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Sept. 15, 2014



COLUMBIA, S.C. – As the start of the 2014-15 campaign draws closer, takes a look at some notable moments in South Carolina basketball history by the tens, detailing notables every 10 days until the week of the season opener versus North Florida (Nov. 14), when we will have a daily post. We’ll look at certain eras in Gamecock history; we’ll see how the number 20 marks the record book; and we’ll revisit great games, great moments and Gamecock greats throughout the feature. We start 60 days out from the contest versus the Ospreys with a few notes from the 1960s.

The 60s started with back-to-back losing seasons, but head coach Bob Stevens earned ACC Coach of the Year honors after the Gamecocks turned in a 15-12 overall record during the 1961-62 campaign. Following that season, Stevens left Columbia to take the head position at Oklahoma, and the combination of Chuck Noe and Dwane Morrison led the Gamecocks through the next two seasons, before Frank McGuire was named head coach prior to the 1964-65 campaign.

McGuire recruited fervently and in just two years led his Gamecocks to a 16-7 mark during the 1966-67 season, which began a stretch of 15-straight seasons with a winning record. Shortly after came the heralded recruiting class of John Roche, Tom Owens and John Ribock. Roche averaged 23.6 points per game during his freshman season, and the Gamecocks posted their first-ever 20-win season with a 21-7 mark and advanced to the Postseason NIT. That season also marked the first in Carolina Coliseum, the new 12,401-seat arena that would strengthen the Gamecocks’ home-court advantage and be a marquee attraction, not only in the city of Columbia, but also in the Southeast.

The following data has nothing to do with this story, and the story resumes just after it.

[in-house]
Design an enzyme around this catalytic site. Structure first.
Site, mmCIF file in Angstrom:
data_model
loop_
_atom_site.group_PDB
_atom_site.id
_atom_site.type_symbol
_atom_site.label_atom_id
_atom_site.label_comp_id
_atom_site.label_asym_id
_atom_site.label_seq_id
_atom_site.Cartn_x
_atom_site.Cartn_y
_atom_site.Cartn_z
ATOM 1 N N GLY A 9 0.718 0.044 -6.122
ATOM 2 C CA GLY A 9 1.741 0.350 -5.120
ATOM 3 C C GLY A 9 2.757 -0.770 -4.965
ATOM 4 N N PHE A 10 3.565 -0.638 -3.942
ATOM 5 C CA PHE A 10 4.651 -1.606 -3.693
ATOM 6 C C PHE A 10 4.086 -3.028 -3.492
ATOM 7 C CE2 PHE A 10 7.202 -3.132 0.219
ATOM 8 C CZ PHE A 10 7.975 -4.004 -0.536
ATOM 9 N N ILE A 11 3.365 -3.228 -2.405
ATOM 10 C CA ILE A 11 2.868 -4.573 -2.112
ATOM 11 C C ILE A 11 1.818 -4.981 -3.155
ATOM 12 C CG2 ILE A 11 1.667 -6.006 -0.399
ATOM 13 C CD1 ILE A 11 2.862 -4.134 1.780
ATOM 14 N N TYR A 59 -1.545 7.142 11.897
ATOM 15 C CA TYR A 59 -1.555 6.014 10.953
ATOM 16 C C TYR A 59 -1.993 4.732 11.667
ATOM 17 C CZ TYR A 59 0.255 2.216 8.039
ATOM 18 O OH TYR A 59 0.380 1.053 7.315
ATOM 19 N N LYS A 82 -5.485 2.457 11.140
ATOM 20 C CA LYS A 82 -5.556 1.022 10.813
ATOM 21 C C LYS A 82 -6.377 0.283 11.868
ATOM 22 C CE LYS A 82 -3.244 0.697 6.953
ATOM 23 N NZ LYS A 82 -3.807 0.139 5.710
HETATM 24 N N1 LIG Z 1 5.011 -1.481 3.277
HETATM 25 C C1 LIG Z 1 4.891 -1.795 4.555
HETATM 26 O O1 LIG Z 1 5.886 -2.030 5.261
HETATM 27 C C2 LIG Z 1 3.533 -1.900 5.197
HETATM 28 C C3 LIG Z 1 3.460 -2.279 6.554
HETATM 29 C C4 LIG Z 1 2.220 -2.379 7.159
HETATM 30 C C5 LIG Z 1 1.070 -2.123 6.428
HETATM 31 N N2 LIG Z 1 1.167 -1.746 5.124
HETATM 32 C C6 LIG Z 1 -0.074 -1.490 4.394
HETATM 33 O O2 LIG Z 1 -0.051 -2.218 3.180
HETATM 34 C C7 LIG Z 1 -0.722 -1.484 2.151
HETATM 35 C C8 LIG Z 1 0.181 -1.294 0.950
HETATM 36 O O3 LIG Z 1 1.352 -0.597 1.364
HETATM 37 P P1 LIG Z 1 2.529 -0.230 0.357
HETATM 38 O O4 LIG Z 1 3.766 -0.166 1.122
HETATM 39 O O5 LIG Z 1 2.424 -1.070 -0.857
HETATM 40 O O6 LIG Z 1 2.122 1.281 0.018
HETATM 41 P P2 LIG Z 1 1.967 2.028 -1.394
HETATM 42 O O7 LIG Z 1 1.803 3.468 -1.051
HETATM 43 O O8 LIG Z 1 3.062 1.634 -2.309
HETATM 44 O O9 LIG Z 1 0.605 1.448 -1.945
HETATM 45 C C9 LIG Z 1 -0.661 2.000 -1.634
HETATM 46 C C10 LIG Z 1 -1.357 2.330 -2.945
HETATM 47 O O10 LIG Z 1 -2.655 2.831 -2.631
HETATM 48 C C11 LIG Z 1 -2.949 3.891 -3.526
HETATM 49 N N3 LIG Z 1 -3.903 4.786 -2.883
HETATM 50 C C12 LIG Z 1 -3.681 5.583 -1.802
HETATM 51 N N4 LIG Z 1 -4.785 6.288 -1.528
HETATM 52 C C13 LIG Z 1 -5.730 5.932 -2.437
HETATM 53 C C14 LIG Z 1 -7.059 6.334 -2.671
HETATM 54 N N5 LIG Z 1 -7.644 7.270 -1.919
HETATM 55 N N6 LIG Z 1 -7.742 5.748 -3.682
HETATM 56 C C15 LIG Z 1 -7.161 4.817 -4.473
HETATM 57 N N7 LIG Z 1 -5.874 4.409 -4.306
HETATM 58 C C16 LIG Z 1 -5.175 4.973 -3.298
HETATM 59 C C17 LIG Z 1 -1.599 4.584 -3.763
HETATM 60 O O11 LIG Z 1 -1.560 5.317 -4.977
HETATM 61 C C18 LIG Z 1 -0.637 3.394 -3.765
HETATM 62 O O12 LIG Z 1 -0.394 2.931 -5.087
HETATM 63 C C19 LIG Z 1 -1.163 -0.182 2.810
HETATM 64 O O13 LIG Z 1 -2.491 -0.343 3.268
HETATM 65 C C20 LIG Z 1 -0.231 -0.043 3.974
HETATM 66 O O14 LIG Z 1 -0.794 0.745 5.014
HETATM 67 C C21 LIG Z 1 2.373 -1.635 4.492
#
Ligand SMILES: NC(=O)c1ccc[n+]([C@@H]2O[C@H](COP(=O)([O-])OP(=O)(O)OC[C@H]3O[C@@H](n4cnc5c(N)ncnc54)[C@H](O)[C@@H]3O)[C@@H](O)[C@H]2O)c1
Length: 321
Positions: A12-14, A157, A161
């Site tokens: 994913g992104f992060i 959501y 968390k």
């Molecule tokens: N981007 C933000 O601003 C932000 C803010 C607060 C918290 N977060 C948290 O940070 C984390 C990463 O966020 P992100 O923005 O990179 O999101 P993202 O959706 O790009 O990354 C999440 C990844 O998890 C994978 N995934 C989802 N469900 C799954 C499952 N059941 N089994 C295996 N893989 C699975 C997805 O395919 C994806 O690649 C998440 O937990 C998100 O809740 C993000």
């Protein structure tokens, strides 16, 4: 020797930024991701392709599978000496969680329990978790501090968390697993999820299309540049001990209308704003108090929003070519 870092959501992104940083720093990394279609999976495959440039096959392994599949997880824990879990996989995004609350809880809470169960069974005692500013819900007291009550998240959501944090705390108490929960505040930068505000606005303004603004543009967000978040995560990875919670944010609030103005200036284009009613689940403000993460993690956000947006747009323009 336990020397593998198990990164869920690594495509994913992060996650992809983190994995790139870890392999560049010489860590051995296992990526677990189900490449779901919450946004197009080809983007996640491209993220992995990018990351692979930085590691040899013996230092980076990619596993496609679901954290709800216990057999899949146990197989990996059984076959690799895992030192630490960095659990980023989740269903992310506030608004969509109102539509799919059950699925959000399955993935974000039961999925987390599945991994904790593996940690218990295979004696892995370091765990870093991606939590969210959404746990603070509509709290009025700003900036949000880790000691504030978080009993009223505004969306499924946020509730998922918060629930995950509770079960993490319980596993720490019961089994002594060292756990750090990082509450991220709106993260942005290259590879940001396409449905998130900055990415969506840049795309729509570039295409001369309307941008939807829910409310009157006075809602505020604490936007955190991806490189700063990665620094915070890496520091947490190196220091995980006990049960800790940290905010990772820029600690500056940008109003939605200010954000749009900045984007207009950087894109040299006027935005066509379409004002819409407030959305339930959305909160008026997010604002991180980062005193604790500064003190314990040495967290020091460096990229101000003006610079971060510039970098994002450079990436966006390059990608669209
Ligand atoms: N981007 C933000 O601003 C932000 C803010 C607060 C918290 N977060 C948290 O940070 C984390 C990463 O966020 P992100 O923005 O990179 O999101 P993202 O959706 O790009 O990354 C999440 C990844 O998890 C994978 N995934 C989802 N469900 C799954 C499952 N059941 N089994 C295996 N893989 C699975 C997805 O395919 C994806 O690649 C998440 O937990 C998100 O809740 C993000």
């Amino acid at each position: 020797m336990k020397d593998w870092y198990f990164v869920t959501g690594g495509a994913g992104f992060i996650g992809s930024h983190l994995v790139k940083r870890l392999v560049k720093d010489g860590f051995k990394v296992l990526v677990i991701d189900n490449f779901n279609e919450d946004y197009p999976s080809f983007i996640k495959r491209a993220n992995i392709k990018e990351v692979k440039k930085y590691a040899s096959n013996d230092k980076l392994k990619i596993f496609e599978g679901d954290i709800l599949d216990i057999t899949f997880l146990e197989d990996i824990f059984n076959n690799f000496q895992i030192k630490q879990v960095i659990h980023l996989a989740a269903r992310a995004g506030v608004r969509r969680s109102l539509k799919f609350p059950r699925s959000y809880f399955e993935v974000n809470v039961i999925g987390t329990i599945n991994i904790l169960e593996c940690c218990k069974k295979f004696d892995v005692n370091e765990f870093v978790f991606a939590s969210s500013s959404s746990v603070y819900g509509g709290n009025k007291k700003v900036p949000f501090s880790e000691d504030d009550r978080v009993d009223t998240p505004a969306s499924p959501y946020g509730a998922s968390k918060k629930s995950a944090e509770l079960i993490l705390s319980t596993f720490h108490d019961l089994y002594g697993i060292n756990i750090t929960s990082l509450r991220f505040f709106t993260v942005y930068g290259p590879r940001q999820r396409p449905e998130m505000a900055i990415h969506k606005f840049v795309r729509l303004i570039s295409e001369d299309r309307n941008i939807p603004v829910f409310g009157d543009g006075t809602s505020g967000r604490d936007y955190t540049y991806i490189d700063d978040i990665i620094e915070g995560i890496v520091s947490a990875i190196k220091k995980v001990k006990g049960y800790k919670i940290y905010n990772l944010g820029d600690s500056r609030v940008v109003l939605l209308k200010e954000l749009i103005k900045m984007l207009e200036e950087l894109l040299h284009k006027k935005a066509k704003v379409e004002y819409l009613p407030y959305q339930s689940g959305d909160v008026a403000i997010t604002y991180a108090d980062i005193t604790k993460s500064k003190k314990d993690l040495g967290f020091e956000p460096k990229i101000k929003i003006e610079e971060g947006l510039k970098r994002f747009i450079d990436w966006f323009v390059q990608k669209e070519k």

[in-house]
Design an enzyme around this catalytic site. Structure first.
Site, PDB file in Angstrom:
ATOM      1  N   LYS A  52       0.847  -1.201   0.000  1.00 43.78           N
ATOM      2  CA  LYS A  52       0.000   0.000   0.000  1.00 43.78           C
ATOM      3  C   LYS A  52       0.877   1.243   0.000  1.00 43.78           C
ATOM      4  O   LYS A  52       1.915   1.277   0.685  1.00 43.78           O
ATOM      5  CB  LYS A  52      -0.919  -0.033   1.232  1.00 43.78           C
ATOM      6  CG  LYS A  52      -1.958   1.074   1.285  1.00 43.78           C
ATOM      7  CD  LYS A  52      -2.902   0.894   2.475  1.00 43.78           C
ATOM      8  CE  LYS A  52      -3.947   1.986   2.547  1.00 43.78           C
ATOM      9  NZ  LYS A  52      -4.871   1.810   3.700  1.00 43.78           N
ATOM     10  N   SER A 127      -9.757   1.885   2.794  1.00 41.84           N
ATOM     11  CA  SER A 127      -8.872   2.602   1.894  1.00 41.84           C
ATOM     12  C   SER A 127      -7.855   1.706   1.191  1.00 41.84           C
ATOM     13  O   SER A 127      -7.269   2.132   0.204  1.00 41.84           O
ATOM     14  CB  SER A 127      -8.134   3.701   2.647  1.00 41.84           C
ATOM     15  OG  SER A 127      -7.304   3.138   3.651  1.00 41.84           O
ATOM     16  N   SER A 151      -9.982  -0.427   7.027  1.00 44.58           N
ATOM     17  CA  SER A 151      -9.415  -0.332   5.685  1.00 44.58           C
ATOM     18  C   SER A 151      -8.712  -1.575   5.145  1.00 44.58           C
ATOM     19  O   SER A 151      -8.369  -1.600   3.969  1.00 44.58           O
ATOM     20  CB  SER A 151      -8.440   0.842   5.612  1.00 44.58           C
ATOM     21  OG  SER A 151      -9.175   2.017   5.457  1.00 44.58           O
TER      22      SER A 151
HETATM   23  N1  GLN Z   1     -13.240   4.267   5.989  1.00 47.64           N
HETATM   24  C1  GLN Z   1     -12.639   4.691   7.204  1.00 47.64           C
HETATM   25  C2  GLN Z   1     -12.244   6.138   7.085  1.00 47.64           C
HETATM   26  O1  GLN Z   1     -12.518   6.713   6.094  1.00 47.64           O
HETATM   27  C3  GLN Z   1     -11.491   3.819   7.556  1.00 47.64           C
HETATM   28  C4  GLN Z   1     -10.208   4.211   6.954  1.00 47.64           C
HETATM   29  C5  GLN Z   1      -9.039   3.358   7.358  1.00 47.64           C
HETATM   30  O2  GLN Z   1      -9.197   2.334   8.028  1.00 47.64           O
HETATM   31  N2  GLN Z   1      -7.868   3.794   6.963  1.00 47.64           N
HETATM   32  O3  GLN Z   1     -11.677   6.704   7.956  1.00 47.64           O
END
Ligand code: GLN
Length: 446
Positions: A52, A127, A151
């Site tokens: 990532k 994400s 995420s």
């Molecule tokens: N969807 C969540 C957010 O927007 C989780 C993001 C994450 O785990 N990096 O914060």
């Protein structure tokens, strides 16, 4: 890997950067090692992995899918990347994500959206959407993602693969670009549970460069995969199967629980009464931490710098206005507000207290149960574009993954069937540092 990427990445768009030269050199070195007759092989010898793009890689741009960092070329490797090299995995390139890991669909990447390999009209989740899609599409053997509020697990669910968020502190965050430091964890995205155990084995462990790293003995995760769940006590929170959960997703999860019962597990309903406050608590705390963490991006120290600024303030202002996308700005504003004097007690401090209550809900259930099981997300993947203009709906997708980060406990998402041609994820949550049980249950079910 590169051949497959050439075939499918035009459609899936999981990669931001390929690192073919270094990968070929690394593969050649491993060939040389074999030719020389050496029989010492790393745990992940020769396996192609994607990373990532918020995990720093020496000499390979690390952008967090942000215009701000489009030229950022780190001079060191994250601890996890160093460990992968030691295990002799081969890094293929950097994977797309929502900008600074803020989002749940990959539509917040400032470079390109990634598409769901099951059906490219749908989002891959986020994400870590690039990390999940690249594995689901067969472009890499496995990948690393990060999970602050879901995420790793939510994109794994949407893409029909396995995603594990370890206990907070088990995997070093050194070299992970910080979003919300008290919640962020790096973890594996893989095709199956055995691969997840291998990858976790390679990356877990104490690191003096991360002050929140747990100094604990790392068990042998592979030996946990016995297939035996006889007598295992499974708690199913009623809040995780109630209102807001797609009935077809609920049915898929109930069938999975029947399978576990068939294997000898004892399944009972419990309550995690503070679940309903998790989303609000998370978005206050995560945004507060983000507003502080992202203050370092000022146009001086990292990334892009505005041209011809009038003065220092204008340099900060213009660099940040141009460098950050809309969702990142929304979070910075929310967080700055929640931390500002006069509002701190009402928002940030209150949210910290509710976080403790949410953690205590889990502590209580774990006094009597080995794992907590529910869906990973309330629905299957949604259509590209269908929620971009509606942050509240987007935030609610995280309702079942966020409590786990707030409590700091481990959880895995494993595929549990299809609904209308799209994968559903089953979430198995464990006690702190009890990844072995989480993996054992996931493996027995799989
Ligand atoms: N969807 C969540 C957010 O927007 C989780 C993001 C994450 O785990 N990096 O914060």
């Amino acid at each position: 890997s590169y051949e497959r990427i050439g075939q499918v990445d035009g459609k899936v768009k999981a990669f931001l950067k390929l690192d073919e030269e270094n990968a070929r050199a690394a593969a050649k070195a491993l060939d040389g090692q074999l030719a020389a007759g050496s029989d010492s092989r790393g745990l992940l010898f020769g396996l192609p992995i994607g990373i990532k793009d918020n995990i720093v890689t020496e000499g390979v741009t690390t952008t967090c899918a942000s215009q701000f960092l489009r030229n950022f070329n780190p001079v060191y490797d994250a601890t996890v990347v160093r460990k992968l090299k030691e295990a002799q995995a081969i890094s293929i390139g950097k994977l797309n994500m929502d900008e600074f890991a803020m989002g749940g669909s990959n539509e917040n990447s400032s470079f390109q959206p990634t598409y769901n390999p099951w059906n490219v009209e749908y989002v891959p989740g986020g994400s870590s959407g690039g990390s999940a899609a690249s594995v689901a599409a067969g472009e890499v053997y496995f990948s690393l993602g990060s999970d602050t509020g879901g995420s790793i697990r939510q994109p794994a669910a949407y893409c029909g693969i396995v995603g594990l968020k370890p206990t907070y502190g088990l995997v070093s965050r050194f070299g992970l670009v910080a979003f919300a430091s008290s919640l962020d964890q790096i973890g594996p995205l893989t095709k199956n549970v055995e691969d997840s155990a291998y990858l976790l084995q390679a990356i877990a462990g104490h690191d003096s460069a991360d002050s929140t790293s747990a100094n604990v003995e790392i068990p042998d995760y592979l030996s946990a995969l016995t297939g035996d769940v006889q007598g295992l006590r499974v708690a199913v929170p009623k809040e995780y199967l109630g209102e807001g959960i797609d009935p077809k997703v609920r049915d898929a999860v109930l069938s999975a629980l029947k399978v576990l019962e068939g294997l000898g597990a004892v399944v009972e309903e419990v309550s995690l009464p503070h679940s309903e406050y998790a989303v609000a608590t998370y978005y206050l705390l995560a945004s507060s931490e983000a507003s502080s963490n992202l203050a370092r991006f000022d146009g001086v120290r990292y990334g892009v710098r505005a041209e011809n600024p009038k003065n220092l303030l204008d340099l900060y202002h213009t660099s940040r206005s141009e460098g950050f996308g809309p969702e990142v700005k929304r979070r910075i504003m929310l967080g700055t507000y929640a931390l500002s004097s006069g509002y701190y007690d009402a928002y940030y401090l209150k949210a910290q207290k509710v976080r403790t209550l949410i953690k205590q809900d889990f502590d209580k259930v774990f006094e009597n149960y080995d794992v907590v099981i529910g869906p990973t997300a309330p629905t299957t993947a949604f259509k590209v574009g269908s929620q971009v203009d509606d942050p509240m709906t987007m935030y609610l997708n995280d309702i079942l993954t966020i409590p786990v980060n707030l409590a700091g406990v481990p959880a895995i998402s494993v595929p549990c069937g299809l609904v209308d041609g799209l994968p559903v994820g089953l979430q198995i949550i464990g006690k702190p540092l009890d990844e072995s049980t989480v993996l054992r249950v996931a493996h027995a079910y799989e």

The aforementioned Gamecock Greats all individually marked the record book in several categories. Roche led the team in scoring each of his three seasons in the Garnet and Black, and holds the fourth (662), fifth (625) and sixth-most (623) single-season point totals in school history. He ranks as the third-highest scorer in Gamecock history with 1,910 points, and is the highest scorer among those playing only three seasons. Then there is Owens, one of only five in Carolina history to score at least 1,000 points and collected 1,000 rebounds. Owens ranks 20th all-time with 1,325 points, and second all-time with 1,116 rebounds. He averaged double-figure rebounds in each of his three seasons at Carolina, including a 14.0 average during the 1969-70 season, which is fifth all-time in a single season. Ribock was exceptionally tough on defense and a solid rebounder, and an anchor for the teams he played on.

South Carolina was a member of the ACC during the 60s, and, though the team didn’t win a league title during the decade, the squad set groundwork for a 1970 ACC Regular-Season crown and a 1971 ACC Championship.

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Information compiled by Associate Media Relations Director Emily Feeney and student assistant Jackson Filyo